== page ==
Here’s how to make these cool cookies from brightideas.com for your next party.

Image: brightideas.com 

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princess pops

Princess PopsPlaying around in the kitchen this weekend we made princess pops: Oreos dipped in pink chocolate, embellished with a crown outline and packaged in clear cello bags with pink ribbon. These could be a great treat for goody bags or add a name tag and use as your placecard. Here’s how you can make some for your princess.

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flooding cookies

So sorry… yesterday just got away from me. On top of the norm, I hosted my book club last night; they are great group of ladies. Anyway, here are the tips I promised:

Icing

First of all, you have to have the right type of icing: royal icing. Don’t let the name scare you, it’s just one pound of confectioner’s sugar, five tablespoons of meringue powder (can be found at William’s Sonoma or another similar bake shop), a half cup of water (or less) and gel-paste food coloring (again, William’s Sonoma has a great set). You’ll need to mix the icing until it’s fluffy, yet dense, about seven to eight minutes. Then you’ll need to use the icing immediately or transfer it to an airtight container.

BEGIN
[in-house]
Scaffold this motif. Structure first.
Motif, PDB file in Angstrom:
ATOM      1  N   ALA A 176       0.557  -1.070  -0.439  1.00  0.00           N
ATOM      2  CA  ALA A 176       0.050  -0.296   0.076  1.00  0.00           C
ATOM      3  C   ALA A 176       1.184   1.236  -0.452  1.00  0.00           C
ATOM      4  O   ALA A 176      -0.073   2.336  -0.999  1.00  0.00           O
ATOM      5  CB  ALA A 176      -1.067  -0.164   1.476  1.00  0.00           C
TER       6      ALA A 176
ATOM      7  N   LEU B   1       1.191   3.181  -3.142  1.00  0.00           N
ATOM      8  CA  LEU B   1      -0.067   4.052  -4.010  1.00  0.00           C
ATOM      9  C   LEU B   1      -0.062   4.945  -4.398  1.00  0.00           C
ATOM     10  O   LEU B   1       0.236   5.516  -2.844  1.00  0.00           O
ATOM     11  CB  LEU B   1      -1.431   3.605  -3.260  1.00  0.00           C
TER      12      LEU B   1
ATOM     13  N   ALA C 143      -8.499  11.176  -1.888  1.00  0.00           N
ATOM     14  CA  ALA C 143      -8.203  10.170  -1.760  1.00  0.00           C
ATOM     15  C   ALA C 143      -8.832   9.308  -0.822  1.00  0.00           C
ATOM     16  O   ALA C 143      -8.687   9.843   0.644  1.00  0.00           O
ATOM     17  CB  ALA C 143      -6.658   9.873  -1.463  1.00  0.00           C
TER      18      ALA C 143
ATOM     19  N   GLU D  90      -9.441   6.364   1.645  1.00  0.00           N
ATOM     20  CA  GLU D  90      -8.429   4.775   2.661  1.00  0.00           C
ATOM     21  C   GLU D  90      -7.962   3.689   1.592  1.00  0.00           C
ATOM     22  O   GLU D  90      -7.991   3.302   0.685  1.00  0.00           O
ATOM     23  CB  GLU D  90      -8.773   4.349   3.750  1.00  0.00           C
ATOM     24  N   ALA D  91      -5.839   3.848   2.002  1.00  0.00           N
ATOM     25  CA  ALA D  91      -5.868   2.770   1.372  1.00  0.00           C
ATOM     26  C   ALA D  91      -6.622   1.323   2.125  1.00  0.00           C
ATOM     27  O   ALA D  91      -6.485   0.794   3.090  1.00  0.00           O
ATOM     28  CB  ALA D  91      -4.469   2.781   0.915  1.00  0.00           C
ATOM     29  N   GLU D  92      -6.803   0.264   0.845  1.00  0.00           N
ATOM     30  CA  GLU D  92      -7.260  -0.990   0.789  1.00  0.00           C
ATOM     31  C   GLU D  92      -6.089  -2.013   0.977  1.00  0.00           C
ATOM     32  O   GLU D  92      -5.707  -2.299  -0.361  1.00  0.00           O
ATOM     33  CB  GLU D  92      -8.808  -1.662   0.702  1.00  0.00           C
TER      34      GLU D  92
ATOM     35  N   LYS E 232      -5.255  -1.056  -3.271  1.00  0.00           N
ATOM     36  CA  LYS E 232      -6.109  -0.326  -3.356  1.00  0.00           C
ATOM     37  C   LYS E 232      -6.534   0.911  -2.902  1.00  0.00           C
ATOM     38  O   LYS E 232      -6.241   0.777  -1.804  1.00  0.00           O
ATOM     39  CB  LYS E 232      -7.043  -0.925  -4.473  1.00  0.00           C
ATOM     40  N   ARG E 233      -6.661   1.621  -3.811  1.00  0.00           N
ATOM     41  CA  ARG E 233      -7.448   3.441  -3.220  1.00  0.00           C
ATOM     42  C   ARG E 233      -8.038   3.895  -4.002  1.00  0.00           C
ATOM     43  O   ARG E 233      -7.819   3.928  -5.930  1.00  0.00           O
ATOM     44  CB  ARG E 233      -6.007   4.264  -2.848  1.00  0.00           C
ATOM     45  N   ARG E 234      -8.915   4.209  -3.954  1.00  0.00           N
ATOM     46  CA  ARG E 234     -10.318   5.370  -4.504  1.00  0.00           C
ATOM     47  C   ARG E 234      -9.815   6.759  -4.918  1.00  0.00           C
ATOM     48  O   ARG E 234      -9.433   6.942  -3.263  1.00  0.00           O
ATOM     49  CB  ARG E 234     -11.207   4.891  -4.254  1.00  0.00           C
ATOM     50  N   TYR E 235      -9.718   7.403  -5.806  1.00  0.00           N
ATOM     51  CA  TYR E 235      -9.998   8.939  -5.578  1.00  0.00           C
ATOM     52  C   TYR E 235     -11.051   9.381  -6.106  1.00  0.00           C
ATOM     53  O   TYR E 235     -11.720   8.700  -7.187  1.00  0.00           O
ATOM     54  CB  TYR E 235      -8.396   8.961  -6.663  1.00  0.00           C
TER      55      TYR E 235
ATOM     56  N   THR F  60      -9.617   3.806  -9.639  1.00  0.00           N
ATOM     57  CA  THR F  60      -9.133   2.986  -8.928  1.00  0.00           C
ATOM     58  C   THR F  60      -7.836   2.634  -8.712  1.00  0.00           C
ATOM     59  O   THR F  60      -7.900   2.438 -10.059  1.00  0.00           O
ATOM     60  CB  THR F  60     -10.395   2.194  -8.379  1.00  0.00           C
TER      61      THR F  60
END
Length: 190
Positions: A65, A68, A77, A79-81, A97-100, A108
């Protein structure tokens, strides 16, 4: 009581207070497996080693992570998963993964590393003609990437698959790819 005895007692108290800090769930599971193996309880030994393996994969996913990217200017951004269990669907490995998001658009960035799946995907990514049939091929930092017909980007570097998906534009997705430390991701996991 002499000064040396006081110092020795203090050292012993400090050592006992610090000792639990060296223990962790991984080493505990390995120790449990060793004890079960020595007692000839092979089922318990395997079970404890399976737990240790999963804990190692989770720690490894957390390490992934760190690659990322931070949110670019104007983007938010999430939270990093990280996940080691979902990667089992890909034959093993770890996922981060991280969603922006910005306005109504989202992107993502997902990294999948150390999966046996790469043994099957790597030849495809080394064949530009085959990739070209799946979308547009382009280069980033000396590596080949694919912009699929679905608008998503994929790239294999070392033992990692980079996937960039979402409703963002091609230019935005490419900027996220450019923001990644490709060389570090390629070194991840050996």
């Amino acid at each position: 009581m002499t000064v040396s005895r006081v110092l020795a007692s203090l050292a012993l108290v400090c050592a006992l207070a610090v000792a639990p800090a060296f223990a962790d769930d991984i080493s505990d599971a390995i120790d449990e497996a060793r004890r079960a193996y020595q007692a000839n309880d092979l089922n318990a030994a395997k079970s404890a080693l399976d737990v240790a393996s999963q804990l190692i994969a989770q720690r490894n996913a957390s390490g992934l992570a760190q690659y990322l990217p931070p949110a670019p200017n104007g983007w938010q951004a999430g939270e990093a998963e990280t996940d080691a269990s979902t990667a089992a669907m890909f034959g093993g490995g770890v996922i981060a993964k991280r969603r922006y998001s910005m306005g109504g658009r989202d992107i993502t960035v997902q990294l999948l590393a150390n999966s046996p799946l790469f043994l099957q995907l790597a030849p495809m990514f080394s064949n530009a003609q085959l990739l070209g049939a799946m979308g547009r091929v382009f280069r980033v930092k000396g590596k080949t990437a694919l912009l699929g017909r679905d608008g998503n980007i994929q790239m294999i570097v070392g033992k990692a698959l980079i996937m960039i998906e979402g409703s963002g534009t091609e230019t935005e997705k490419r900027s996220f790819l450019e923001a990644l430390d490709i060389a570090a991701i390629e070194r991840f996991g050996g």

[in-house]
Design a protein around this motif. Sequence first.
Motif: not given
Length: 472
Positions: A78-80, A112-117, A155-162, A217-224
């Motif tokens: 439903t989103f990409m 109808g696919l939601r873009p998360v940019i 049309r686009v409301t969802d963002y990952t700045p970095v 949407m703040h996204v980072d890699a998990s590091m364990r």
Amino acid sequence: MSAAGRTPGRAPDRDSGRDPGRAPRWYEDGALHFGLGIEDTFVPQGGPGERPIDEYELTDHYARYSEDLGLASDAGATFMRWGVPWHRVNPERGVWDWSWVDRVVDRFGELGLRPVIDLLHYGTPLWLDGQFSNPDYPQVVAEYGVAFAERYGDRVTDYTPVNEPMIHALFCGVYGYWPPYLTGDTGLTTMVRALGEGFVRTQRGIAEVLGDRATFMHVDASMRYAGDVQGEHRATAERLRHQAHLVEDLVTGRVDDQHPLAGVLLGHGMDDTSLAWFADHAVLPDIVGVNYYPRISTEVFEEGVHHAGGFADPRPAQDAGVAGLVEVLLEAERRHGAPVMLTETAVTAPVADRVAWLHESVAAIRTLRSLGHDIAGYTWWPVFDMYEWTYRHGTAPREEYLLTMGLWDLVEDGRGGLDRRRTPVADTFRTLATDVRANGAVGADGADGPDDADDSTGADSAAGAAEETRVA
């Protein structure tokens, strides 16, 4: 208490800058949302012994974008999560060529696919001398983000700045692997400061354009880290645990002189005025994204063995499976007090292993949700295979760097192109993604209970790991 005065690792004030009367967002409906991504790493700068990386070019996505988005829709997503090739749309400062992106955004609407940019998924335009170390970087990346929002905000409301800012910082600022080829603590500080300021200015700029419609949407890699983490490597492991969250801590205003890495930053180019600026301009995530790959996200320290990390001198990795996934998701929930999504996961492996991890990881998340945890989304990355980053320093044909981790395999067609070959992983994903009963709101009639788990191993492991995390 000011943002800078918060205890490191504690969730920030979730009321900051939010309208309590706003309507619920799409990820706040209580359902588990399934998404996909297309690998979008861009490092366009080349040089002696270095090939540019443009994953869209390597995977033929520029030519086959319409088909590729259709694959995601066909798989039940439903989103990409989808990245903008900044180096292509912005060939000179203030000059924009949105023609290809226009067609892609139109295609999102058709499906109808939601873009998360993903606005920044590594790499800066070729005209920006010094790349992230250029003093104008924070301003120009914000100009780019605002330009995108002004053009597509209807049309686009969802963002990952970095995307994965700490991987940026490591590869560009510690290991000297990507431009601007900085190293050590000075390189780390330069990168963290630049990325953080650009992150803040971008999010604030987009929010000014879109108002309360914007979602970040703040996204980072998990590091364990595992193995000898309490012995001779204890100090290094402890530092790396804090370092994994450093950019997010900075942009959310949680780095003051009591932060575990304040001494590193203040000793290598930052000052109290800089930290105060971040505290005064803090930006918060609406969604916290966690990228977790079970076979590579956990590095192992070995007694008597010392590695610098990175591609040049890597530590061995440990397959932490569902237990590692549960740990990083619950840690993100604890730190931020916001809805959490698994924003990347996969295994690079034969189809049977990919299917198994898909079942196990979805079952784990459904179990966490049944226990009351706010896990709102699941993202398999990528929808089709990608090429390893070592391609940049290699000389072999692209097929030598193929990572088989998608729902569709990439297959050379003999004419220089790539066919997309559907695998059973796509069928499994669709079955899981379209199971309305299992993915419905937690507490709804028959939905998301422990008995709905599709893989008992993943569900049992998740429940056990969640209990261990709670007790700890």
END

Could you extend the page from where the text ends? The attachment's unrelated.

Coloring

Separate your icing into the number of colors you need for your project. Then color your icing one drop of gel at a time. It’s a lot stronger than you might think. Once all the icing is the colors you need, separate them again so that you can thin one half for flooding. With your second set, thin each color with one teaspoon of water at a time. Often, one teaspoon is all it takes depending on how many times you’ve separated your icing. Now you have thick and thin versions of all the colors you need.

Tools

Trim one corner of a Ziploc bag and insert a #3 icing tip with a connector. Repeat this process for each of your colors (thin and thick). Then spoon each into a bag. (I always mark the thin bags so I don’t accidentally ruin a cookie by trying to trim it with the thin icing.)

Flooding

Now that your icing is prepped, take a cooled sugar cookie and pipe an outline around the shape. Allow it to set for 10 to 15 seconds and then you can flood the cookie with the thinner version of the color. While the flooded color is still wet, you can add a different thinned color to make polka dots or other designs. Allow the flooded colors to set for several minutes before adding any additional piping or layers to your design.

I hope these few tips are helpful in making your own fun creations.

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princess bling cookies

princess cookiesHere’s a great way to add a little bling to your princess’s special day. These cookies were simple to make. (The cutter is available with our princess invitation and decor.) The best advice I can give with shaped sugar cookies is:

Make more than you need for the party,

Always chill your dough shapes before baking,

Take them out of the oven just as they are starting to show color,

Always move them immediately to a baking rack, and

Don’t forget to experiment and have fun with the icing.

For the crowns, I used a flooding technique. It takes a little prep, but gives you a great result. I’ll post some tips about flooding cookies tomorrow.